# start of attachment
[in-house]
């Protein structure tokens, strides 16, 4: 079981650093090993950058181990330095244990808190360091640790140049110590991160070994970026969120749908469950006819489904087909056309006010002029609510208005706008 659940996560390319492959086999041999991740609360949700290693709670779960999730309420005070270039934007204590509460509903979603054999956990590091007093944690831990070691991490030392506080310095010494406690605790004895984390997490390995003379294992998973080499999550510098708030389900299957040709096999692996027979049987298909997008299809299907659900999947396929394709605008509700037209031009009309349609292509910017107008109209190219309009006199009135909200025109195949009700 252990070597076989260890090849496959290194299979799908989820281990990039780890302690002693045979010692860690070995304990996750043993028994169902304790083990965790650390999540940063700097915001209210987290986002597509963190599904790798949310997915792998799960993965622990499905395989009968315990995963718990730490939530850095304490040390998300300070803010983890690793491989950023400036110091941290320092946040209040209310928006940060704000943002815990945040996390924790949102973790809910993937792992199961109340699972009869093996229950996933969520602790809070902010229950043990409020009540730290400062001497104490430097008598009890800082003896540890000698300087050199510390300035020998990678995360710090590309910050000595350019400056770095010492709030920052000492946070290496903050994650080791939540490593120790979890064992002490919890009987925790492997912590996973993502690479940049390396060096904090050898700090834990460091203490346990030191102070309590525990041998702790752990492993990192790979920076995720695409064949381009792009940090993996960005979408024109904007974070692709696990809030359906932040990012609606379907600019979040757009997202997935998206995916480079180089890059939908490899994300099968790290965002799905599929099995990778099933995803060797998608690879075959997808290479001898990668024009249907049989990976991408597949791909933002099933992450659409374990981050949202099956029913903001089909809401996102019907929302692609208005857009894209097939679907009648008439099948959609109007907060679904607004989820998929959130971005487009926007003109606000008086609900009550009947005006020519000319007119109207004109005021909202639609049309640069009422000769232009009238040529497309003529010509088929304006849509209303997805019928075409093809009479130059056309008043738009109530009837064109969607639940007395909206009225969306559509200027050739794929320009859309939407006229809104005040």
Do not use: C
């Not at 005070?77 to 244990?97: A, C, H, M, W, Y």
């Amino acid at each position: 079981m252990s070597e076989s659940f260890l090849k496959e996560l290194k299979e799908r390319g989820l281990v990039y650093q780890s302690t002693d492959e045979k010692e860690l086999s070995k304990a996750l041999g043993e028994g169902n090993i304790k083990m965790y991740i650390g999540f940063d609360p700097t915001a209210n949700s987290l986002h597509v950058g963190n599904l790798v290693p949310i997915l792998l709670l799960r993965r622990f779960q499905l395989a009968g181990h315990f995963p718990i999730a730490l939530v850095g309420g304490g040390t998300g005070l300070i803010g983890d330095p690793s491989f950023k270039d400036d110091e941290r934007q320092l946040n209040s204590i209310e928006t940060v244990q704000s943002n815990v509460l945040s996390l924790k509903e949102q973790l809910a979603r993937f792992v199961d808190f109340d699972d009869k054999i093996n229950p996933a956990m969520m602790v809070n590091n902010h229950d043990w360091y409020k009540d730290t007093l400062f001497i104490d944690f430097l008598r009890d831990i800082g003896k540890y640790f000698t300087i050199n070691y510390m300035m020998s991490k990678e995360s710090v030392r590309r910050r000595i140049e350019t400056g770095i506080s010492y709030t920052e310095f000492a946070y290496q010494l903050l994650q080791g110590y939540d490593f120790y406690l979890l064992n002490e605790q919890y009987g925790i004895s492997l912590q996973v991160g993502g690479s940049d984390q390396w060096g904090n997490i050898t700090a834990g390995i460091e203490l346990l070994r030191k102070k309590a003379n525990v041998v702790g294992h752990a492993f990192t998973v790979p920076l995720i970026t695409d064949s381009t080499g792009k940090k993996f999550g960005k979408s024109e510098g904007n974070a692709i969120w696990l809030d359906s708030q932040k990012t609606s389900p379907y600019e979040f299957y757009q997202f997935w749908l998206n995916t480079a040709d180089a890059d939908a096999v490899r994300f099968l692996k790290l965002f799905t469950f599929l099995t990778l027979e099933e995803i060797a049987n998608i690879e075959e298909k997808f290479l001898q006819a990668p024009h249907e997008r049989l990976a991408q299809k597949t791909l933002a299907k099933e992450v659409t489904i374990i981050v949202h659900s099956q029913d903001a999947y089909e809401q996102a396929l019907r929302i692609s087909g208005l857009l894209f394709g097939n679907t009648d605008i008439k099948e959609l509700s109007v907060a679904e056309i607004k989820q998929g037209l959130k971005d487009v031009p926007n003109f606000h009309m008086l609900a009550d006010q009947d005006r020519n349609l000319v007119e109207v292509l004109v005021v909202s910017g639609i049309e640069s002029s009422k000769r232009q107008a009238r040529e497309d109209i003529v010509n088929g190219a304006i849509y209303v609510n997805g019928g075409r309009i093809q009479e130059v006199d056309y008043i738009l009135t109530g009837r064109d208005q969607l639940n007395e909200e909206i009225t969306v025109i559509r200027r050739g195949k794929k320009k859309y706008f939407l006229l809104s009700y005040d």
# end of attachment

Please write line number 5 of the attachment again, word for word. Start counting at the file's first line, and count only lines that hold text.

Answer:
């Amino acid at each position: 079981m252990s070597e076989s659940f260890l090849k496959e996560l290194k299979e799908r390319g989820l281990v990039y650093q780890s302690t002693d492959e045979k010692e860690l086999s070995k304990a996750l041999g043993e028994g169902n090993i304790k083990m965790y991740i650390g999540f940063d609360p700097t915001a209210n949700s987290l986002h597509v950058g963190n599904l790798v290693p949310i997915l792998l709670l799960r993965r622990f779960q499905l395989a009968g181990h315990f995963p718990i999730a730490l939530v850095g309420g304490g040390t998300g005070l300070i803010g983890d330095p690793s491989f950023k270039d400036d110091e941290r934007q320092l946040n209040s204590i209310e928006t940060v244990q704000s943002n815990v509460l945040s996390l924790k509903e949102q973790l809910a979603r993937f792992v199961d808190f109340d699972d009869k054999i093996n229950p996933a956990m969520m602790v809070n590091n902010h229950d043990w360091y409020k009540d730290t007093l400062f001497i104490d944690f430097l008598r009890d831990i800082g003896k540890y640790f000698t300087i050199n070691y510390m300035m020998s991490k990678e995360s710090v030392r590309r910050r000595i140049e350019t400056g770095i506080s010492y709030t920052e310095f000492a946070y290496q010494l903050l994650q080791g110590y939540d490593f120790y406690l979890l064992n002490e605790q919890y009987g925790i004895s492997l912590q996973v991160g993502g690479s940049d984390q390396w060096g904090n997490i050898t700090a834990g390995i460091e203490l346990l070994r030191k102070k309590a003379n525990v041998v702790g294992h752990a492993f990192t998973v790979p920076l995720i970026t695409d064949s381009t080499g792009k940090k993996f999550g960005k979408s024109e510098g904007n974070a692709i969120w696990l809030d359906s708030q932040k990012t609606s389900p379907y600019e979040f299957y757009q997202f997935w749908l998206n995916t480079a040709d180089a890059d939908a096999v490899r994300f099968l692996k790290l965002f799905t469950f599929l099995t990778l027979e099933e995803i060797a049987n998608i690879e075959e298909k997808f290479l001898q006819a990668p024009h249907e997008r049989l990976a991408q299809k597949t791909l933002a299907k099933e992450v659409t489904i374990i981050v949202h659900s099956q029913d903001a999947y089909e809401q996102a396929l019907r929302i692609s087909g208005l857009l894209f394709g097939n679907t009648d605008i008439k099948e959609l509700s109007v907060a679904e056309i607004k989820q998929g037209l959130k971005d487009v031009p926007n003109f606000h009309m008086l609900a009550d006010q009947d005006r020519n349609l000319v007119e109207v292509l004109v005021v909202s910017g639609i049309e640069s002029s009422k000769r232009q107008a009238r040529e497309d109209i003529v010509n088929g190219a304006i849509y209303v609510n997805g019928g075409r309009i093809q009479e130059v006199d056309y008043i738009l009135t109530g009837r064109d208005q969607l639940n007395e909200e909206i009225t969306v025109i559509r200027r050739g195949k794929k320009k859309y706008f939407l006229l809104s009700y005040d």